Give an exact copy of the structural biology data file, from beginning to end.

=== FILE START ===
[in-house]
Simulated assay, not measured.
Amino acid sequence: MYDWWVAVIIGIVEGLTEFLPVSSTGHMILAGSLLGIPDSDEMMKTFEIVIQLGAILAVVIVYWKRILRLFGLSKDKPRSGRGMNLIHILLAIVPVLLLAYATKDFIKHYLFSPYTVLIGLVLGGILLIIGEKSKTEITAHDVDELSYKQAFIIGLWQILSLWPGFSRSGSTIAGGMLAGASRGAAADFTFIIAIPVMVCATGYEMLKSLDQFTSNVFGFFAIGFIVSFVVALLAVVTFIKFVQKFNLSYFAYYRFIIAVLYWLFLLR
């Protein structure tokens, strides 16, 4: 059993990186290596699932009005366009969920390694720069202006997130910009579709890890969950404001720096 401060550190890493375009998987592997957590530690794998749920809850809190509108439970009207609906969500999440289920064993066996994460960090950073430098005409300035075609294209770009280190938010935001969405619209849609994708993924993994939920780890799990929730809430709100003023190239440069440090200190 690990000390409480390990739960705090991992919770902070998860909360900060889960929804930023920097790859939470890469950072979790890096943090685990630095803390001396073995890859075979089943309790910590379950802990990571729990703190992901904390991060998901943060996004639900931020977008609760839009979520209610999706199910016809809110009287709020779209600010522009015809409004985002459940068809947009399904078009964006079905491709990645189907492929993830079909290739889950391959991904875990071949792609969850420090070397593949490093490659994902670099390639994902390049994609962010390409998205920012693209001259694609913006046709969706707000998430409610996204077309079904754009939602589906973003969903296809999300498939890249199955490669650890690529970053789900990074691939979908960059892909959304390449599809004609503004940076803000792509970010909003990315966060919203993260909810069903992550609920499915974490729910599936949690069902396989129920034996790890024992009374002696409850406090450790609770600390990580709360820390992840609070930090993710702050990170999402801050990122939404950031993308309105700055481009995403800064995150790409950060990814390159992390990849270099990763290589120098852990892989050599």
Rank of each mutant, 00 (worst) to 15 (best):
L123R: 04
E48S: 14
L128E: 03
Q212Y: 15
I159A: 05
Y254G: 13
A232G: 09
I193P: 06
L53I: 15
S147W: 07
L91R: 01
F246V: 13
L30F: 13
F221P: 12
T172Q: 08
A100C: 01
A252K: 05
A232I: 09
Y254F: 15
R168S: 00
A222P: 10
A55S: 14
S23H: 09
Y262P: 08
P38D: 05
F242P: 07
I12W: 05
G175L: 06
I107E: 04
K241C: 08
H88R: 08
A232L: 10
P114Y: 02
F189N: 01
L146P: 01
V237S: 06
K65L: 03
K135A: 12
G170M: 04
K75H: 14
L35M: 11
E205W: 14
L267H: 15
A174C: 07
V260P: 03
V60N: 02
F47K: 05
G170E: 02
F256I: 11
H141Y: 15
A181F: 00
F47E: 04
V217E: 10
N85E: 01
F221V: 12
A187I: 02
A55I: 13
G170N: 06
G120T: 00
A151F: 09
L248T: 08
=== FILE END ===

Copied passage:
[in-house]
Simulated assay, not measured.
Amino acid sequence: MYDWWVAVIIGIVEGLTEFLPVSSTGHMILAGSLLGIPDSDEMMKTFEIVIQLGAILAVVIVYWKRILRLFGLSKDKPRSGRGMNLIHILLAIVPVLLLAYATKDFIKHYLFSPYTVLIGLVLGGILLIIGEKSKTEITAHDVDELSYKQAFIIGLWQILSLWPGFSRSGSTIAGGMLAGASRGAAADFTFIIAIPVMVCATGYEMLKSLDQFTSNVFGFFAIGFIVSFVVALLAVVTFIKFVQKFNLSYFAYYRFIIAVLYWLFLLR
């Protein structure tokens, strides 16, 4: 059993990186290596699932009005366009969920390694720069202006997130910009579709890890969950404001720096 401060550190890493375009998987592997957590530690794998749920809850809190509108439970009207609906969500999440289920064993066996994460960090950073430098005409300035075609294209770009280190938010935001969405619209849609994708993924993994939920780890799990929730809430709100003023190239440069440090200190 690990000390409480390990739960705090991992919770902070998860909360900060889960929804930023920097790859939470890469950072979790890096943090685990630095803390001396073995890859075979089943309790910590379950802990990571729990703190992901904390991060998901943060996004639900931020977008609760839009979520209610999706199910016809809110009287709020779209600010522009015809409004985002459940068809947009399904078009964006079905491709990645189907492929993830079909290739889950391959991904875990071949792609969850420090070397593949490093490659994902670099390639994902390049994609962010390409998205920012693209001259694609913006046709969706707000998430409610996204077309079904754009939602589906973003969903296809999300498939890249199955490669650890690529970053789900990074691939979908960059892909959304390449599809004609503004940076803000792509970010909003990315966060919203993260909810069903992550609920499915974490729910599936949690069902396989129920034996790890024992009374002696409850406090450790609770600390990580709360820390992840609070930090993710702050990170999402801050990122939404950031993308309105700055481009995403800064995150790409950060990814390159992390990849270099990763290589120098852990892989050599």
Rank of each mutant, 00 (worst) to 15 (best):
L123R: 04
E48S: 14
L128E: 03
Q212Y: 15
I159A: 05
Y254G: 13
A232G: 09
I193P: 06
L53I: 15
S147W: 07
L91R: 01
F246V: 13
L30F: 13
F221P: 12
T172Q: 08
A100C: 01
A252K: 05
A232I: 09
Y254F: 15
R168S: 00
A222P: 10
A55S: 14
S23H: 09
Y262P: 08
P38D: 05
F242P: 07
I12W: 05
G175L: 06
I107E: 04
K241C: 08
H88R: 08
A232L: 10
P114Y: 02
F189N: 01
L146P: 01
V237S: 06
K65L: 03
K135A: 12
G170M: 04
K75H: 14
L35M: 11
E205W: 14
L267H: 15
A174C: 07
V260P: 03
V60N: 02
F47K: 05
G170E: 02
F256I: 11
H141Y: 15
A181F: 00
F47E: 04
V217E: 10
N85E: 01
F221V: 12
A187I: 02
A55I: 13
G170N: 06
G120T: 00
A151F: 09
L248T: 08